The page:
|Title||Energy Quota Setting and Cap and Trade Schemes for Chinese Commercial Buildings: A Primer for Program Creation|
|Year of Publication||2012|
|Authors||The Natural Re Council|
|Institution||The Natural Resources Defense Council|
China has made reducing its energy use a major focus of the current five-year plan. In pursuit of this goal, a 20% energy reduction target for the commercial (or public) building space has been set by the central government. This paper seeks to begin answering two key questions. First, how can an energy use baseline, or cap, be set in the commercial building space and; second, what are the key program elements to consider when designing a cap-and-trade incentive scheme for the sector. After examining the strengths and weaknesses of various approaches to understanding building energy use it became clear that operational, or measured, data would be the best option for setting the cap. It will also be shown that applying a cap-and-trade scheme to the commercial building sector is both possible and an idea with considerable merit. The first point is made by the existence of the Tokyo Cap-and-Trade Program, which includes large commercial buildings in its scheme and has operated since 2010. Lastly, the idea of creating incentive schemes for the commercial space should be pursued for a variety of reasons. These range from the sheer volume of the opportunity, which is huge across building types, to China's desire to curb peak load energy use and finally to encouraging markets for new and or emerging technologies. The paper concludes with a discussion of the most promising practices being implemented in cap-and-trade programs around the world including those that do not specifically address buildings.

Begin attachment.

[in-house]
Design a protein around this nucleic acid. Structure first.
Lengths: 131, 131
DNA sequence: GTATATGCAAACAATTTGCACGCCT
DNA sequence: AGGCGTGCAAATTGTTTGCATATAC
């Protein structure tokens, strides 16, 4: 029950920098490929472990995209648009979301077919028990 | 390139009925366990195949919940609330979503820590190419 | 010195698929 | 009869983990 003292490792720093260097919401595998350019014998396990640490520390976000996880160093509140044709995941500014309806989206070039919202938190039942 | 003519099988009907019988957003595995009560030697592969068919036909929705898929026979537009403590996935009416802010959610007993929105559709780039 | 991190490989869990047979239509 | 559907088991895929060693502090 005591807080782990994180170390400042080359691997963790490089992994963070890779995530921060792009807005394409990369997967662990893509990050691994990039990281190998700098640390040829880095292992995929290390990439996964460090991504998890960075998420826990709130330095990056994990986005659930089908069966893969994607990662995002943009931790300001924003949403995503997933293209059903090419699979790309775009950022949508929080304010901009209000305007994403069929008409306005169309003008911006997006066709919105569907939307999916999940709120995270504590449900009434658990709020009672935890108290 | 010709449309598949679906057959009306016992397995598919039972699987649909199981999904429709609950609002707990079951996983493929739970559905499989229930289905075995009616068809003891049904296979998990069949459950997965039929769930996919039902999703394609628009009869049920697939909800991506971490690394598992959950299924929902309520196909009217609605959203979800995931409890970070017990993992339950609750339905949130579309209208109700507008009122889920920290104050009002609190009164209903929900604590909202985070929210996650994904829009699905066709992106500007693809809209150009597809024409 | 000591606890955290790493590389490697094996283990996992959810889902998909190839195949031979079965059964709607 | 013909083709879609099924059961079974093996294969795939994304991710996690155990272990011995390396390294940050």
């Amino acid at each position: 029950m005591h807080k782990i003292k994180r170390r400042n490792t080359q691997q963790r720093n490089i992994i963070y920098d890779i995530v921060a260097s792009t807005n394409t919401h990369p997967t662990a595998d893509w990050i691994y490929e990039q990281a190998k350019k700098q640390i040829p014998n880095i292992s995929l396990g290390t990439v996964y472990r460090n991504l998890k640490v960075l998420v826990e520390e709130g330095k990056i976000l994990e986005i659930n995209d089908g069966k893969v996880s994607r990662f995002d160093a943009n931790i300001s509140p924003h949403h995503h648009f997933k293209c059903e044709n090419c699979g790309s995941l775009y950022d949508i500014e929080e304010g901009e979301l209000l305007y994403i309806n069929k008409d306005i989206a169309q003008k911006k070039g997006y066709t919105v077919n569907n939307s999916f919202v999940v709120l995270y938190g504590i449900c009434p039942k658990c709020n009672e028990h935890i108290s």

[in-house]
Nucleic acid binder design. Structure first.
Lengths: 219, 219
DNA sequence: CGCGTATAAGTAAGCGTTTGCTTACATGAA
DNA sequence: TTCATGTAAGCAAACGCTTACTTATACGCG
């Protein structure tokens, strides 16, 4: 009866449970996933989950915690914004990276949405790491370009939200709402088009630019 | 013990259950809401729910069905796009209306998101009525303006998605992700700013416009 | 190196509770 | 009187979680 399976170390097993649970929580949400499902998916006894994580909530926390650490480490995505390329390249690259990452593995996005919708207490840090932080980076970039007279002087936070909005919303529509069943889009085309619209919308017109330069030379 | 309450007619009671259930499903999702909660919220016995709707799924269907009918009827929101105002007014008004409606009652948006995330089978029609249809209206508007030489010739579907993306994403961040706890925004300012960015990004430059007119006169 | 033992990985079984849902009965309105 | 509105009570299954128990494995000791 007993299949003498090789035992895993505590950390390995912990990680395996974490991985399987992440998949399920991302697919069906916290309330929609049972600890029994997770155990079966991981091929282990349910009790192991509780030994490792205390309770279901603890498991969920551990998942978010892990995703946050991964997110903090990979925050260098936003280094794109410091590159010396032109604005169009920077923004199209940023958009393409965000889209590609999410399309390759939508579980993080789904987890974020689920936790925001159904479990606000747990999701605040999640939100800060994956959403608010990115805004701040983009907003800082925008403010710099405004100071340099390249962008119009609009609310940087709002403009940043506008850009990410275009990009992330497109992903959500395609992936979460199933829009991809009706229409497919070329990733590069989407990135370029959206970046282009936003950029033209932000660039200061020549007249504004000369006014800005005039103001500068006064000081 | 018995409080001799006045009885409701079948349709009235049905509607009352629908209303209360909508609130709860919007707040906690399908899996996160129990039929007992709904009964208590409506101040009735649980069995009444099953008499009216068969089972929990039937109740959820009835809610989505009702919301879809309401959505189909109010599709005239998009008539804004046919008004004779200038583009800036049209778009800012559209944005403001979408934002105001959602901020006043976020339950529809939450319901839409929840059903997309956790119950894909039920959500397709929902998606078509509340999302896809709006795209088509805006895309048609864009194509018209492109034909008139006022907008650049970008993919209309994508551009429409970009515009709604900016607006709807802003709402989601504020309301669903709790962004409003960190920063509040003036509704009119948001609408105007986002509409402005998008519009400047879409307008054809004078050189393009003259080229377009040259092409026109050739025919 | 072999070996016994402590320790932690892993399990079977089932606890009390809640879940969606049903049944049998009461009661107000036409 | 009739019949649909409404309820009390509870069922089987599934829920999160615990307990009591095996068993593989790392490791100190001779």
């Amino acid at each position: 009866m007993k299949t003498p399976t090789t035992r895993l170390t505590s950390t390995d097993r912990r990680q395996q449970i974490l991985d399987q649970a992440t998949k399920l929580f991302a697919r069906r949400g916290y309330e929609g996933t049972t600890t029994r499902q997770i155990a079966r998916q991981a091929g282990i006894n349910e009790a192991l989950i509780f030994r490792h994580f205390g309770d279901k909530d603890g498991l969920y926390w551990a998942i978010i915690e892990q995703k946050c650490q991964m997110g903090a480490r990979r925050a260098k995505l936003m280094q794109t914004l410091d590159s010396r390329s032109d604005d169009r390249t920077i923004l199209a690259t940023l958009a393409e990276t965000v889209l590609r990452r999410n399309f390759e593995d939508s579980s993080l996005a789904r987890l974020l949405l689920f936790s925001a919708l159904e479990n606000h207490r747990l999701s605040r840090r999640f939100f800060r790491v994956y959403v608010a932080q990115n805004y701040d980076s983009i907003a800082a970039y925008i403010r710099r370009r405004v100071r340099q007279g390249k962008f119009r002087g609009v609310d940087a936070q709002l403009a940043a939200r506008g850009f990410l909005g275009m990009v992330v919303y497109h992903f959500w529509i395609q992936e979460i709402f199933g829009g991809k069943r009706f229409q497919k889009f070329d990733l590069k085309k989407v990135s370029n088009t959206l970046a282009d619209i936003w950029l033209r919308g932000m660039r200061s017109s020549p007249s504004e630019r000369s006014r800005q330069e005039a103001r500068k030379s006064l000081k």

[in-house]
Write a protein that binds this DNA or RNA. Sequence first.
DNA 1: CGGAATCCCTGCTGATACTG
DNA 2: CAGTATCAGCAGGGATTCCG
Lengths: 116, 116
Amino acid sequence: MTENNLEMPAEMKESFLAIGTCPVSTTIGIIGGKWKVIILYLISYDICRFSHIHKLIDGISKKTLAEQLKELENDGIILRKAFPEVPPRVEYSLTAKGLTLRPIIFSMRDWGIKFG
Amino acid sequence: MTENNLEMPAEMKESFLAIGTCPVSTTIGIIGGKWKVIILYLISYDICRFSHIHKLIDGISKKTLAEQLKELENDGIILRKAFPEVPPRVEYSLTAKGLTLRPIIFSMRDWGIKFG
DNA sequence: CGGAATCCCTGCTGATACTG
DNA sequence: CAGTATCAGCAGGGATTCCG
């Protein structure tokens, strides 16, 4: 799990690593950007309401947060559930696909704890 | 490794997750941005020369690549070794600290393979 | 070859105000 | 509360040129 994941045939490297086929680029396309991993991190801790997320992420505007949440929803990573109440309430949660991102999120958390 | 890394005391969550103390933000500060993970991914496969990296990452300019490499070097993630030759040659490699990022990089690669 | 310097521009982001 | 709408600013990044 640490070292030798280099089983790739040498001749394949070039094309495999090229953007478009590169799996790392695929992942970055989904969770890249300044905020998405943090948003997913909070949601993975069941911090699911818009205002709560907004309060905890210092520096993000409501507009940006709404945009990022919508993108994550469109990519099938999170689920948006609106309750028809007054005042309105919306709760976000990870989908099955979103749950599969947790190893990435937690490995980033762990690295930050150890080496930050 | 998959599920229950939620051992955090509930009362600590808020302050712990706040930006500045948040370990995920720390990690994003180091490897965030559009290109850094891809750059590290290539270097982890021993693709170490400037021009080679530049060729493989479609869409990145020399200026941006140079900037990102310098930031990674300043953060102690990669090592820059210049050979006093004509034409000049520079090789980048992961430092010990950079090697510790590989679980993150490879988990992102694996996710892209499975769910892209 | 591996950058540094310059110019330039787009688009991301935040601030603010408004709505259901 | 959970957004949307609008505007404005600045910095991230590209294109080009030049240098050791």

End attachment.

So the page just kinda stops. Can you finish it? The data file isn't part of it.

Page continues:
CERC-BEE Task 8-2